In the 18th inning, seven hours and 20 minutes after it began, Max Muncy gave the Dodgers life with an opposite field walk-off solo home run. The longest game in World Series history no matter how you slice it, ends up a 3-2 win for Los Angeles.
Muncy’s heroic blast is the Dodgers’ third walk-off homer in franchise history, joining Kirk Gibson in Game 1 of the 1988 World Series and Justin Turner in Game 2 of the 2017 NLCS.
“Just getting a chance to play in the World Series has kind of capped it off,” Muncy said of his incredible 2018. “And then getting a chance to hit a walk-off home run, obviously there’s not many words I can use to describe that.”
“The feeling was just pure joy and incredible excitement. That’s about all I can think of because it’s hard to describe how good a feeling it is.”
It was the first walk-off homer in the World Series since Muncy’s teammate, David Freese, did so in 2011 while with the Cardinals.
“He’s got some big hits for us, manager Dave Roberts said of Muncy. “And to stay on the cutter was pretty special right there.”
The game had a little of everything. Nathan Eovaldi — once thought to be the Game 4 starter — made 97 pitches out of the Red Sox bullpen. Each team used 23 players on their rosters, a postseason record. It took 561 pitches from 18 pitchers to complete.
“Probably one of the best, if not the best, game I’ve ever been a part of,” manager Alex Cora said after his team lost. “The effort from both sides.”
The Dodgers looked like they were going to secure a 1-0 victory hours before it actually ended. Walker Buehler was fantastic, pumping fastball after fastball at the Red Sox for seven shutout innings.
Boston struggled to stay on Buehler’s plus fastball all night, managing only two hits and nothing after a Christian Vazquez single in the third inning off the right-hander. Buehler retired the final 14 hitters he faced, putting the exclamation point on his night by throwing a 98-mph fastball past J.D. Martinez for strike three.
The only run to that point came on a third inning long ball off the bat of Joc Pederson, launched into the Red Sox bullpen. The home run for Pederson was his fourth in six career World Series games.
With the lead heading into the eighth inning, manager Dave Roberts went to his closer Kenley Jansen to get the final six outs. The Red Sox had other plans as Jackie Bradley Jr. launched a game-tying solo shot to right field with two outs. Jansen would pitch a scoreless ninth and the game ultimately went to extra innings.
“I think we’ve got to go back and really appreciate Walker’s outing,” Roberts said. “He pitched his tail off. And put us in a chance to win that game. We felt that in a must-win game to go to Kenley for two innings, we liked that. That was the plan. It didn’t work out.”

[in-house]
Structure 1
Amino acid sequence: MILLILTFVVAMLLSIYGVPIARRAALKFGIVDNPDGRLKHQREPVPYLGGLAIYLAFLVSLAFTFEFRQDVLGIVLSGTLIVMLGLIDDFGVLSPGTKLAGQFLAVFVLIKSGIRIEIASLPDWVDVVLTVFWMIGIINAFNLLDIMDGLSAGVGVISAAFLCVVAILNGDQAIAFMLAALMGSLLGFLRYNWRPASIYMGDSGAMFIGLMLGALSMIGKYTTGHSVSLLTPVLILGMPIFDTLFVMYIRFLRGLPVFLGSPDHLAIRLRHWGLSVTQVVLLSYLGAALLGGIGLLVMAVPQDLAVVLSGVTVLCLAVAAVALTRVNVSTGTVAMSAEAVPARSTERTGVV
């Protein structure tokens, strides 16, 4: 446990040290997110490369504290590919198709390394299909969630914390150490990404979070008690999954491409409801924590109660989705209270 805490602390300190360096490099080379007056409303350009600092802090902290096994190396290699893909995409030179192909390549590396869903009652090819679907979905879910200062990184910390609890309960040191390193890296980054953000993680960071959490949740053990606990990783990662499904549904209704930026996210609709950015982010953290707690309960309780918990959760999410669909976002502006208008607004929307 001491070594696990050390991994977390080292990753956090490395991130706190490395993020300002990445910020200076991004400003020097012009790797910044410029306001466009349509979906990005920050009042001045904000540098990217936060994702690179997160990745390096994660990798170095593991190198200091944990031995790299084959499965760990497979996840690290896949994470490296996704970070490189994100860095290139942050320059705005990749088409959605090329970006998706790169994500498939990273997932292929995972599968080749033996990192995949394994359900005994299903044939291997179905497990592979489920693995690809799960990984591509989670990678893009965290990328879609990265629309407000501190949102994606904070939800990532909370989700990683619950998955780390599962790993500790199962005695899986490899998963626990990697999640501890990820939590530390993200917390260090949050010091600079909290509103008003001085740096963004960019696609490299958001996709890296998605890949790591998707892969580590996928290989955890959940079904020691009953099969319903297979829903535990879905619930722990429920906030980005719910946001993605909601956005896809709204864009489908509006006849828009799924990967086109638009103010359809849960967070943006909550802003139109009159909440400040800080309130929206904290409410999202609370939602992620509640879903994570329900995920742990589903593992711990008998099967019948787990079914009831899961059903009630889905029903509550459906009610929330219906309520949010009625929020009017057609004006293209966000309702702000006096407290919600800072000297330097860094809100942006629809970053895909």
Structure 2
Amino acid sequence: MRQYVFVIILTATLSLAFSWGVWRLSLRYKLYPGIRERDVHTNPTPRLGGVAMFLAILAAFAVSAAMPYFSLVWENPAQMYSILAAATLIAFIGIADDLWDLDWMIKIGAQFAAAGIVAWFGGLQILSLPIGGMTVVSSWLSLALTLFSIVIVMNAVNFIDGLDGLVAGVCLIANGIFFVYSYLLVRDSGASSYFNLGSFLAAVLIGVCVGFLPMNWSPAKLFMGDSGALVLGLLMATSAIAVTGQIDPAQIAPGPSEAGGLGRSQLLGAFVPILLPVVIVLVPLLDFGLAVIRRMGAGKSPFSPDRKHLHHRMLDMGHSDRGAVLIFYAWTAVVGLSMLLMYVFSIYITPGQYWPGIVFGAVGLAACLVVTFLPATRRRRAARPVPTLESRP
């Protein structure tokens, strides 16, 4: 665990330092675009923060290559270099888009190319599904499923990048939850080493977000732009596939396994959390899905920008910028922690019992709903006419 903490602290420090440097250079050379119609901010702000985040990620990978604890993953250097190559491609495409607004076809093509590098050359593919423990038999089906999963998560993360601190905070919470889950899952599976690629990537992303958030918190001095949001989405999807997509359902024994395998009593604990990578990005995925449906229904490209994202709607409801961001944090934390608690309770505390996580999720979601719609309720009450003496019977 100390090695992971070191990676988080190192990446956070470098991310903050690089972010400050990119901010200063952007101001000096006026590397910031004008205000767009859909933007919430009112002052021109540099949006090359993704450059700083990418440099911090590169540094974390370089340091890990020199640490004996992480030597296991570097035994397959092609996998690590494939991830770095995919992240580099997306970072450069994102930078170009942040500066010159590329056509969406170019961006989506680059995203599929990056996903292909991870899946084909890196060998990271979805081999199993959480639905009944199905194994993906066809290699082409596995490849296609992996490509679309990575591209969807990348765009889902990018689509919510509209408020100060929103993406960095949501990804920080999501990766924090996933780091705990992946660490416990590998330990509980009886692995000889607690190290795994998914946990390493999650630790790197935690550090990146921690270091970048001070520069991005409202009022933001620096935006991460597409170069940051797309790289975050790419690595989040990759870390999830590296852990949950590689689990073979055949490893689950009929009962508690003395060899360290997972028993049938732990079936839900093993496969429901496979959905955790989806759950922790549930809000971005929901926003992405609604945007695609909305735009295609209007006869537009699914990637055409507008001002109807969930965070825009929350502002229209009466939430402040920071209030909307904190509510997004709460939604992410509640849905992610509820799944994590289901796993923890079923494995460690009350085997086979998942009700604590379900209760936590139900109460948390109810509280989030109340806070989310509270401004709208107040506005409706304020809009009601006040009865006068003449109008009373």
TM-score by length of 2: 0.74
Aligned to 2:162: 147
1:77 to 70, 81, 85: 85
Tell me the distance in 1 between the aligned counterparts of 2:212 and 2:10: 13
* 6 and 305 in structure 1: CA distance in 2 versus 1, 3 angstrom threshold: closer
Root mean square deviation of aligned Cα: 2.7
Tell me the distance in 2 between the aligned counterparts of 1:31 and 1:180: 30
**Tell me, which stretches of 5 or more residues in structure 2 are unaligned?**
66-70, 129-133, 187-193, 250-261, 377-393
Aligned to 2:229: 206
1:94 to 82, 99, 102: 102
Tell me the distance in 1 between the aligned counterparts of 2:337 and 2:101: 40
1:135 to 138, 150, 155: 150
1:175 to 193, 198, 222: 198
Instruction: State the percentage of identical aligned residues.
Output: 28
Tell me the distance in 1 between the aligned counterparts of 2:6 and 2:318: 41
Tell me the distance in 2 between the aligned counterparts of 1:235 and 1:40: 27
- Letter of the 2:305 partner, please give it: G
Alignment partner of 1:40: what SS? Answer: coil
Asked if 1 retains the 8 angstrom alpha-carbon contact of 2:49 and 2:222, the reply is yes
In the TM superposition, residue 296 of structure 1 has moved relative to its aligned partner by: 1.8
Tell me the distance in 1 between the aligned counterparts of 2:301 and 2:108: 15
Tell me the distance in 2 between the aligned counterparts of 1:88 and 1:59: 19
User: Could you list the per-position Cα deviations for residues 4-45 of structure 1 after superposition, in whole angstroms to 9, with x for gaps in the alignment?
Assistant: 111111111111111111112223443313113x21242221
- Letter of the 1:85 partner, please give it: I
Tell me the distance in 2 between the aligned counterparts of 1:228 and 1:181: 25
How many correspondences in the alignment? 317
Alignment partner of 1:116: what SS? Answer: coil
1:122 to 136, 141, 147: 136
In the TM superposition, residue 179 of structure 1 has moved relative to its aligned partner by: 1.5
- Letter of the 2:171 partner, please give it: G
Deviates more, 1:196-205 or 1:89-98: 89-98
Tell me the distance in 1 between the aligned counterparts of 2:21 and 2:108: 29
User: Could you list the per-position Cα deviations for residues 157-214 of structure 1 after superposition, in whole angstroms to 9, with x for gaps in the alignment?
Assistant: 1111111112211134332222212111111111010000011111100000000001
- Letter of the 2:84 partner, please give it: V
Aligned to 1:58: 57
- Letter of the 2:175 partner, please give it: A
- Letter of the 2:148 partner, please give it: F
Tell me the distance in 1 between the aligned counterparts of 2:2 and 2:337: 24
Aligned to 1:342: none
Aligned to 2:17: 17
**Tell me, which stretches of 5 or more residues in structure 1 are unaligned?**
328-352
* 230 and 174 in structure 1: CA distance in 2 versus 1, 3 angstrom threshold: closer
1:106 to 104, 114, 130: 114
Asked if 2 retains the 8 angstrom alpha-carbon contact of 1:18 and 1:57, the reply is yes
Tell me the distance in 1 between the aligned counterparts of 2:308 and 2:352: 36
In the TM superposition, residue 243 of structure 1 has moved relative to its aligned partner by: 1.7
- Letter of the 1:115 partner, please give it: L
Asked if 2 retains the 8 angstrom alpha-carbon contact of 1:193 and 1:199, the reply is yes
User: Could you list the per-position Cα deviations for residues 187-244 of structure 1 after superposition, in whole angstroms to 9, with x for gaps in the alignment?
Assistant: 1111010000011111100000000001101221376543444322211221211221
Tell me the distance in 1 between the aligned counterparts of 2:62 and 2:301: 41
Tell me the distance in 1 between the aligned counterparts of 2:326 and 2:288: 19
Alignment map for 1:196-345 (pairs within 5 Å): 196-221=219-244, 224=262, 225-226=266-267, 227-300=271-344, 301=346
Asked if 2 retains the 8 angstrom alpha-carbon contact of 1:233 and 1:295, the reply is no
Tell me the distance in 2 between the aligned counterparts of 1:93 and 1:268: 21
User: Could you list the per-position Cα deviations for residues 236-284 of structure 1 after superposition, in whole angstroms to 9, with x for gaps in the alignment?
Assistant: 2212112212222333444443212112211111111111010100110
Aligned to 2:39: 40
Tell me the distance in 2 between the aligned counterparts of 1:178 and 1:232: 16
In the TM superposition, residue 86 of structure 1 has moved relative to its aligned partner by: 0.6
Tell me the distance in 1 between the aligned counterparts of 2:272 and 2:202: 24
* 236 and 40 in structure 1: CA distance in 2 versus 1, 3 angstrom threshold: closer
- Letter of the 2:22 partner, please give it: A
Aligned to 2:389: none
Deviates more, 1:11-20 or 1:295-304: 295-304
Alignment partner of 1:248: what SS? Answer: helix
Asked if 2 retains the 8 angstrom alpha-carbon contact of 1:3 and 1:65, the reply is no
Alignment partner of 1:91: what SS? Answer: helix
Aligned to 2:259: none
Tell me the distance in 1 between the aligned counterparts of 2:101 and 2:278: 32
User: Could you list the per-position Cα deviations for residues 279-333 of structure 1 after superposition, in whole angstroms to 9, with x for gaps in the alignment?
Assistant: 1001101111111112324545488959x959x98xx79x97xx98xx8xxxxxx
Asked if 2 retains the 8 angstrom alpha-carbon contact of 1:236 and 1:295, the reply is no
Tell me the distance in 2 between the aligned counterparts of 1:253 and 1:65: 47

“But, again, you look at what Walker did in allowing us to kind of be in a good spot, considering how many innings we played tonight for tomorrow with the pen. And that started with Walker.”
For such a long game, most of the action happened after the ninth inning had come to a close.
Boston put runners on first and third in the 10th against Pedro Baez, and it looked like they would take the lead when Eduardo Nunez hit a fly ball to center with only one out. Ian Kinsler tagged at third but would be doubled up at the plate on a laser throw from Cody Bellinger to end the threat.
The game once again leaned the Red Sox way in the top of the 13th inning, when they took their first lead.
Brock Holt walked to leadoff the inning, took second on a wild pitch and would come around to score on an error by the collective right side of the Dodger infield to put Boston over the top.
After walking Holt, reliever Scott Alexander bounced one to the plate that got away from Austin Barnes, sending Holt to second. On the next pitch, Eduardo Núñez bounced a slow roller to the first base side of the mound.
Alexander and Muncy both attempted to field the ball and nobody was at first. By the time Kike Hernandez got there, Alexander floated it over his head and down the first base line to allow Holt to score with the go-ahead run.
The Dodgers were not done.
A leadoff walk for Muncy turned into a runner in scoring position when Bellinger popped out to Núñez at third. Núñez landed in the crowd with the effort to get to the ball, allowing Muncy to tag and move to second.
A Yasiel Puig groundout three pitches later would’ve ended the game, except that Kinsler threw it away to bring Muncy home to tie the score again.
Eovaldi matched the number of arms coming out of the Dodger bullpen to take the game into the 18th. Muncy hit a 3-2 slider into the left field pavilion to send everyone home.
Buehler became only the third pitcher in World Series history to toss at least seven scoreless, allow two hits or less and not walk a batter. He joins Roger Clemens (Game 2, 2000) and Don Larsen, who tossed a perfect game against the Dodgers in Game 5 back in 1956.
Prior to Friday, Buehler’s career high was 105 pitches. After 26 in the first inning, it looked like the right-hander was not going to go deep into the game. But he earned his way through the seventh and struck out three of the last four batters he faced — the top four in Boston’s lineup.
The Dodgers announced after the game that the Game 4 starter was to be determined later Saturday. It was scheduled to be Rich Hill and they didn’t include any notes about the decision. So we wait.
Home Runs: Pederson (1), Bradley Jr. (1), Muncy (1)
WP: Alex Wood (1-0): 1 IP, 1 walk
LP: Nathan Eovaldi (0-1): 6 IP, 3 hits, 2 runs (1 earned), 1 walk, 5 strikeouts